Have a blessed Christmas,

Friday, October 12, 2012

Ingratitude Attitude I was going to title this entry after the Oscar nominated and winning film by Tarantino in 2009 but was overruled and edited out. Nevertheless I think readers can guess the gist of what I am talking about. I don't like the Thanksgiving season. It's not because i have to suffer eating all those Thanksgiving meals. It's not because it is my sister, brother in-law, and mother's birthday. It's not because I have to come up with another new twist on preaching a Thanksgiving sermon. It is because in preparing the sermon I realized what an ingratitude b@#!@#$ I have become. Every year it is the same deal. I realize that I have forgotten how to be grateful and deliberately expressive with my thanksgiving to those around me and most importantly to God. Certainly "giving thanks in all circumstances" is something that I am reminded of during this season and something that I have failed to do during the past year. In fact it seems to be a yearly pattern. Certainly as I preached on Luke 17 and the incident with Jesus and the 10 lepers, I realize that I am that 90% who don't return to Jesus to give thanks to the one who healed them. We ended our sermon with an opportunity for people to respond by writing some words of thanksgiving to one or more particular person on some thank you cards provided. I'm not sure there were enough cards for me to write to all those people whom I need to acknowledge this past Sunday so I will use my blog to simply say, "Thank you from the depths of my heart". Without many of you and your support, Simply Church would not be possible. Thank you for your prayers, encouragement, labour, and sacrifice. Thank you for believing in me even when I have my doubts. Certainly I can give a detailed account of each person's contribution in my life's journey (and maybe at some time during my retirement years I may have time to recount all those experiences) and hopefully we will have all eternity for me to thank each one of you personally. Until then, I just will give one word of thanks to my wife. Thank you Chris. The End.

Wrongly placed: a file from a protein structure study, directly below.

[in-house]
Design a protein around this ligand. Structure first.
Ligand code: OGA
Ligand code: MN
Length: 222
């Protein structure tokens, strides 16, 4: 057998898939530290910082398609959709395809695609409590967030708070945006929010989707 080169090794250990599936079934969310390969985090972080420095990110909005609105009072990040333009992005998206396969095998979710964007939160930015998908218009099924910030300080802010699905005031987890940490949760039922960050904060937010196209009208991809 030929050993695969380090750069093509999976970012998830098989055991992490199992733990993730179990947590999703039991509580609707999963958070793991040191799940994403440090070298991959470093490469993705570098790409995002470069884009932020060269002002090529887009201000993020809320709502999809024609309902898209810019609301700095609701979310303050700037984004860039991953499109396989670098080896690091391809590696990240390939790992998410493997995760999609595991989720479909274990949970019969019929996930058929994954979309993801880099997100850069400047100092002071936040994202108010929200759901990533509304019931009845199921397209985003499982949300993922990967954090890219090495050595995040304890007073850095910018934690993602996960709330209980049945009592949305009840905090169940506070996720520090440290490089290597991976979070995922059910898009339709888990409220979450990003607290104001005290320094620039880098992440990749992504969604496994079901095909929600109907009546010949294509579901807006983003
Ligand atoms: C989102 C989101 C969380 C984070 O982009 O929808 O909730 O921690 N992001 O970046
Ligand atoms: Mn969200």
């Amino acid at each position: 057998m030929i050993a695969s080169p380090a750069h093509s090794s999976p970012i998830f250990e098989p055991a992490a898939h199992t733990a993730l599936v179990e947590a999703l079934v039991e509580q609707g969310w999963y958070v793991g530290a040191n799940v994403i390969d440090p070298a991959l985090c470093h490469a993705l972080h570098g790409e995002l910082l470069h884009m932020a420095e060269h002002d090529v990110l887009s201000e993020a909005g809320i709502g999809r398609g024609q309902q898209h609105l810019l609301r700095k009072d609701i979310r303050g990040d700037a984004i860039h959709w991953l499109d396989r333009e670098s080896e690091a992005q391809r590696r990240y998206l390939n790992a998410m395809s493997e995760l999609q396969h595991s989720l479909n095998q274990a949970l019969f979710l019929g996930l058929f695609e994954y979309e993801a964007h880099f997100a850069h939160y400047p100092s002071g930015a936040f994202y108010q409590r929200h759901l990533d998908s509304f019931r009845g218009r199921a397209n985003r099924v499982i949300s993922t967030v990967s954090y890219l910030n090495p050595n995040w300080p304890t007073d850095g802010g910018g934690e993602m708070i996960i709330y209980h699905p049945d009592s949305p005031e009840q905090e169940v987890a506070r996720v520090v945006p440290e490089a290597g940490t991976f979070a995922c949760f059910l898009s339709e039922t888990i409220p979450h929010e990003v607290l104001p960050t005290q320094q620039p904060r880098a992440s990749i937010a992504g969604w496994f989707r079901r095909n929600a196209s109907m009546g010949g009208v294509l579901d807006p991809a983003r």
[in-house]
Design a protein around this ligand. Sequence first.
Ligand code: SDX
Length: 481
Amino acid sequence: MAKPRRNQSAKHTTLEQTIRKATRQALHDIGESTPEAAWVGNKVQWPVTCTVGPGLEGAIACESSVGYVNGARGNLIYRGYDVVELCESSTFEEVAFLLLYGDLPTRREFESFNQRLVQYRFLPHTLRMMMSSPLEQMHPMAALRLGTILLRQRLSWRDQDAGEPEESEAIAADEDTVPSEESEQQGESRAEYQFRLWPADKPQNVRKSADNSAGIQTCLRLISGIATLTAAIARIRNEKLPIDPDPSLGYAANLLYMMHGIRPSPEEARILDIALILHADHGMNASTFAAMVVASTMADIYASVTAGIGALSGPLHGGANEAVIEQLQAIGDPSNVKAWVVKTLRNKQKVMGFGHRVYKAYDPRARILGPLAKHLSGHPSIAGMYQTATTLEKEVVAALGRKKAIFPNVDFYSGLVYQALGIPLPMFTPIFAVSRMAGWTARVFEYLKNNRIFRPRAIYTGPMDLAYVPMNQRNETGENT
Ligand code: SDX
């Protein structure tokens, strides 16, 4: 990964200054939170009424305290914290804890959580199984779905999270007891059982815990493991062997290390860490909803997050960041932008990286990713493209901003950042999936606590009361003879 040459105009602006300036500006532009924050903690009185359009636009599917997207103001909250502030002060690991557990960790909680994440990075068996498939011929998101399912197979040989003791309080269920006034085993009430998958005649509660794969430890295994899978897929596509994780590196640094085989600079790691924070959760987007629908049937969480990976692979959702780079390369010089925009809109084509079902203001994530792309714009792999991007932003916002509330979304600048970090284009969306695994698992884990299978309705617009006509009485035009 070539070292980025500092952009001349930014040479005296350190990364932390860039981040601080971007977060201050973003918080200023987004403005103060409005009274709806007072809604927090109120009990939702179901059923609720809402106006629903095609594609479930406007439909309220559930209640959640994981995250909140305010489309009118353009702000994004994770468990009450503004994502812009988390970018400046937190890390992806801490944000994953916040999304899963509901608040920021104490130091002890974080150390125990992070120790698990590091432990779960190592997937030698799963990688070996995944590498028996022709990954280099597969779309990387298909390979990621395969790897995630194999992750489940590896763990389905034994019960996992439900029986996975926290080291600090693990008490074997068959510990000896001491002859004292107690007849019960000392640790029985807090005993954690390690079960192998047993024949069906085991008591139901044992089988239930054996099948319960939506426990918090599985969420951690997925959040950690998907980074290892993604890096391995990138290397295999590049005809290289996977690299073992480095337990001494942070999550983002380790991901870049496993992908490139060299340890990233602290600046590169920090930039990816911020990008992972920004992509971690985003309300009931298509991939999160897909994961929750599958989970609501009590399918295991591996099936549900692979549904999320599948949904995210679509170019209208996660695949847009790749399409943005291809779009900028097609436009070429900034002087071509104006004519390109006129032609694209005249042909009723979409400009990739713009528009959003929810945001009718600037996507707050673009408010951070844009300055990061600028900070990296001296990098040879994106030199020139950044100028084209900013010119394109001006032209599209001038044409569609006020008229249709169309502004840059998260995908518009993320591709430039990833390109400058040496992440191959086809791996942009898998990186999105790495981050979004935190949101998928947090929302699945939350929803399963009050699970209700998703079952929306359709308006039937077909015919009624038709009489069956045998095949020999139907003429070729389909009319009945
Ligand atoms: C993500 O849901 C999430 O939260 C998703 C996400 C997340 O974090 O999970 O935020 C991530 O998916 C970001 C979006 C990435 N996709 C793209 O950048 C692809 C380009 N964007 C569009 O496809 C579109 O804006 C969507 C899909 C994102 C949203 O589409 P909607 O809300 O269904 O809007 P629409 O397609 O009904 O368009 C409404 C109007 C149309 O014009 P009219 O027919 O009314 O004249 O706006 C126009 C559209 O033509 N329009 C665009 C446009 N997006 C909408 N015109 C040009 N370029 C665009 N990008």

Friday, September 28, 2012

Doing the Happy Dance Quebec launched the country’s first provincial lottery in 1970. The 1982 roll-out of Lotto 6/49 with its “Just imagine” slogan made the lottery a national pipe dream; the 2009 arrival of the $50-million jackpot Lotto Max, which admonishes Canadians to “Live your dreams to the max!” serves to further stoke the frenzy. Not that lotteries are marketed as high-stakes gambling: they’re wholesome fun to be celebrated by a “happy dance.” – an euphoria that is expressed with people dancing wildly in joyous celebration. The happy dance isn’t a new thing. In my childhood days, it was Snoopy who first did the happy dance. Later on, Calvin and Hobbes showed their excitement in their version of the happy dance. And more recently, Mumble, a little Emperor penguin who had a horrible singing voice and couldn’t find his “Heartsong”, discovers his joy in life expressed through tap dancing. I’m not one for dancing. In fact, I am not one for expressing my emotions on my sleeve. My sister called me Mr. Spock while I was growing up. Not much excites me into a physical or emotional outburst. Roller coasters, buffets, sports cars, women, pets, money, etc. none of these things ever excites me. Do you want to know what excites me? Sunday mornings playing on the worship team, speaking the words of God, praying with one another, fellowshipping, celebrating, and mission trips to faraway places. My most exciting times are when I can celebrate the power of God at work with other people who too have been transformed by the power of God. I certainly have been blessed to hear about how God’s power has transformed the lives of people I have met, and even more, privileged to be part of God’s transformational power at work in this world. I hope that I might continue to bring more people and to share with more people a happy dance - not just at Simply Church on a Sunday morning but every day for a long long time.